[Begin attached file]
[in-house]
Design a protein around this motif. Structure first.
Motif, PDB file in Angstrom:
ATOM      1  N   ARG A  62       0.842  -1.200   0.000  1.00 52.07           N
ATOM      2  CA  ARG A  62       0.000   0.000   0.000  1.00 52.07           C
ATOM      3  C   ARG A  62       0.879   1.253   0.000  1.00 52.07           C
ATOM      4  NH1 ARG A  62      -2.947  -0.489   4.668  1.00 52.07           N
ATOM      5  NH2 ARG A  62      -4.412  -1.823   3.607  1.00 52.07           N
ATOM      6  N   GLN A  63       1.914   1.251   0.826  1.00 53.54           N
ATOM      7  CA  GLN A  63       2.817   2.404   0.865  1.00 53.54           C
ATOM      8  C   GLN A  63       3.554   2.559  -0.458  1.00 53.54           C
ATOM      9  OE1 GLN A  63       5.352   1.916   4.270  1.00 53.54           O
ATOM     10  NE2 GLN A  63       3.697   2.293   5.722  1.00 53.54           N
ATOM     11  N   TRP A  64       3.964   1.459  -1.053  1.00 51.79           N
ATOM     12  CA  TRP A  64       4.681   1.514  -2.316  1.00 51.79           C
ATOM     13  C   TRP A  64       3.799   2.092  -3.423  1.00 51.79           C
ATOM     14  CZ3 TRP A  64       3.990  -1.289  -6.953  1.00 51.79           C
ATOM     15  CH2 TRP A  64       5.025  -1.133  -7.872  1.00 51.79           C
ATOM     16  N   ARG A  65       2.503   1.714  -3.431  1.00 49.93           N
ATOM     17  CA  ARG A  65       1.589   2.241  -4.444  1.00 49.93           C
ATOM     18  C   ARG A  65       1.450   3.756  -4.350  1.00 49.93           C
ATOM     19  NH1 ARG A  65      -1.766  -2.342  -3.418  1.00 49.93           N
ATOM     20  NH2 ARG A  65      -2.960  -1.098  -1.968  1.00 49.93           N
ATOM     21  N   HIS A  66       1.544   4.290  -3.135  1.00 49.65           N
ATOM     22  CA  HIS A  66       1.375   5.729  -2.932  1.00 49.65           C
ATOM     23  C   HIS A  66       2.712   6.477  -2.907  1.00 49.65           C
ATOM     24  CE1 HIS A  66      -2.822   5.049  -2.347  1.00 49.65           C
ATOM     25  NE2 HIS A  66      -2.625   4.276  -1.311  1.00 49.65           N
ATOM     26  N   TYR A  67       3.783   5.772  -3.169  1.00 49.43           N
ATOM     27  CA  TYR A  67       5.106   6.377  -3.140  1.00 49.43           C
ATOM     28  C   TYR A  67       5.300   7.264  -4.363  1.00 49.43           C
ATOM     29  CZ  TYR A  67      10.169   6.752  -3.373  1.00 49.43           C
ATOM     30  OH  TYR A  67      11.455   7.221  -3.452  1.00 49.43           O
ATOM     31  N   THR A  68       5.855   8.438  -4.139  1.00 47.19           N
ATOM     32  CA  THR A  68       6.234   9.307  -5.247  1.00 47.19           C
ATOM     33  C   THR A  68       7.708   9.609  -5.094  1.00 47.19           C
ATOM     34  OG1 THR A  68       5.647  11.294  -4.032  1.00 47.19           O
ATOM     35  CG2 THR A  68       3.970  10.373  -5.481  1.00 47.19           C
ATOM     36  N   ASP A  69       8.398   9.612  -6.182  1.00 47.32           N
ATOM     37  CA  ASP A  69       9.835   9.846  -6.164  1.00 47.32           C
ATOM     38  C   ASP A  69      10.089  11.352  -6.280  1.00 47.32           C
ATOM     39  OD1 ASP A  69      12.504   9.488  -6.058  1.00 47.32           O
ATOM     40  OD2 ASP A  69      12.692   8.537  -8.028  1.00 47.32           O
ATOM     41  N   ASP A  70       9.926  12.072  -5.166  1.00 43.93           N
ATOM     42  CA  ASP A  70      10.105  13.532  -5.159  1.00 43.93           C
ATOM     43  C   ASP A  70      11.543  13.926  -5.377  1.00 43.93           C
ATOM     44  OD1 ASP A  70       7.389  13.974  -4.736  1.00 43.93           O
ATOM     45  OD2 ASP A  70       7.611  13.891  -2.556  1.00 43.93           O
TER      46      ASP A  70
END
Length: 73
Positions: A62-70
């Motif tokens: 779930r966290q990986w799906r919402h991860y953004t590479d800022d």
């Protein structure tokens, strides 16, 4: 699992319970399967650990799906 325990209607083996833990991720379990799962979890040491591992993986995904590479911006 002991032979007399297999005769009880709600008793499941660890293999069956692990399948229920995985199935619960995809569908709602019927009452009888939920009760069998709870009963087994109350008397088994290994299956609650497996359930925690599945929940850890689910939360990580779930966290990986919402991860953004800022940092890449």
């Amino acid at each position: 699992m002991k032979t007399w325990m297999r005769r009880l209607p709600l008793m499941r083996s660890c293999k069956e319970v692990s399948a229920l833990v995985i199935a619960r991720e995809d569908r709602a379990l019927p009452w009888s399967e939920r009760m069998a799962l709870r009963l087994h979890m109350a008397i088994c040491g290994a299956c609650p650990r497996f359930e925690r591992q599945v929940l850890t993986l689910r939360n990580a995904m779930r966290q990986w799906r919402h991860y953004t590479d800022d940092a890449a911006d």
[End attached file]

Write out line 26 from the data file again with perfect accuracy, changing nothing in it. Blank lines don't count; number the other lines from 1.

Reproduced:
ATOM     23  C   HIS A  66       2.712   6.477  -2.907  1.00 49.65           C